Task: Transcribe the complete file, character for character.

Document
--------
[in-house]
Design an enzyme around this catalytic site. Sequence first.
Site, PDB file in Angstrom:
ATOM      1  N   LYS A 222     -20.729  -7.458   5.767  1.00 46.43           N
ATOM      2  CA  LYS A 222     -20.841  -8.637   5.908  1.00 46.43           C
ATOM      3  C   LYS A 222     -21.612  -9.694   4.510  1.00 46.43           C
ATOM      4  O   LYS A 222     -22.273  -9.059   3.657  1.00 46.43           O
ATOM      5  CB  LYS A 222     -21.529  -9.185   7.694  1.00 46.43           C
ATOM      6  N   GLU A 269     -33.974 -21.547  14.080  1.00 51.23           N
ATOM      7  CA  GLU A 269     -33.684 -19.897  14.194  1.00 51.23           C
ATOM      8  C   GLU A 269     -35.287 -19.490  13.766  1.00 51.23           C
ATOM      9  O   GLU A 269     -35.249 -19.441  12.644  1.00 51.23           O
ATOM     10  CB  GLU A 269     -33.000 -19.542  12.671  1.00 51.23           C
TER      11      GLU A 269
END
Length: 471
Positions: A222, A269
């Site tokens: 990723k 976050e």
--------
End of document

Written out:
[in-house]
Design an enzyme around this catalytic site. Sequence first.
Site, PDB file in Angstrom:
ATOM      1  N   LYS A 222     -20.729  -7.458   5.767  1.00 46.43           N
ATOM      2  CA  LYS A 222     -20.841  -8.637   5.908  1.00 46.43           C
ATOM      3  C   LYS A 222     -21.612  -9.694   4.510  1.00 46.43           C
ATOM      4  O   LYS A 222     -22.273  -9.059   3.657  1.00 46.43           O
ATOM      5  CB  LYS A 222     -21.529  -9.185   7.694  1.00 46.43           C
ATOM      6  N   GLU A 269     -33.974 -21.547  14.080  1.00 51.23           N
ATOM      7  CA  GLU A 269     -33.684 -19.897  14.194  1.00 51.23           C
ATOM      8  C   GLU A 269     -35.287 -19.490  13.766  1.00 51.23           C
ATOM      9  O   GLU A 269     -35.249 -19.441  12.644  1.00 51.23           O
ATOM     10  CB  GLU A 269     -33.000 -19.542  12.671  1.00 51.23           C
TER      11      GLU A 269
END
Length: 471
Positions: A222, A269
């Site tokens: 990723k 976050e």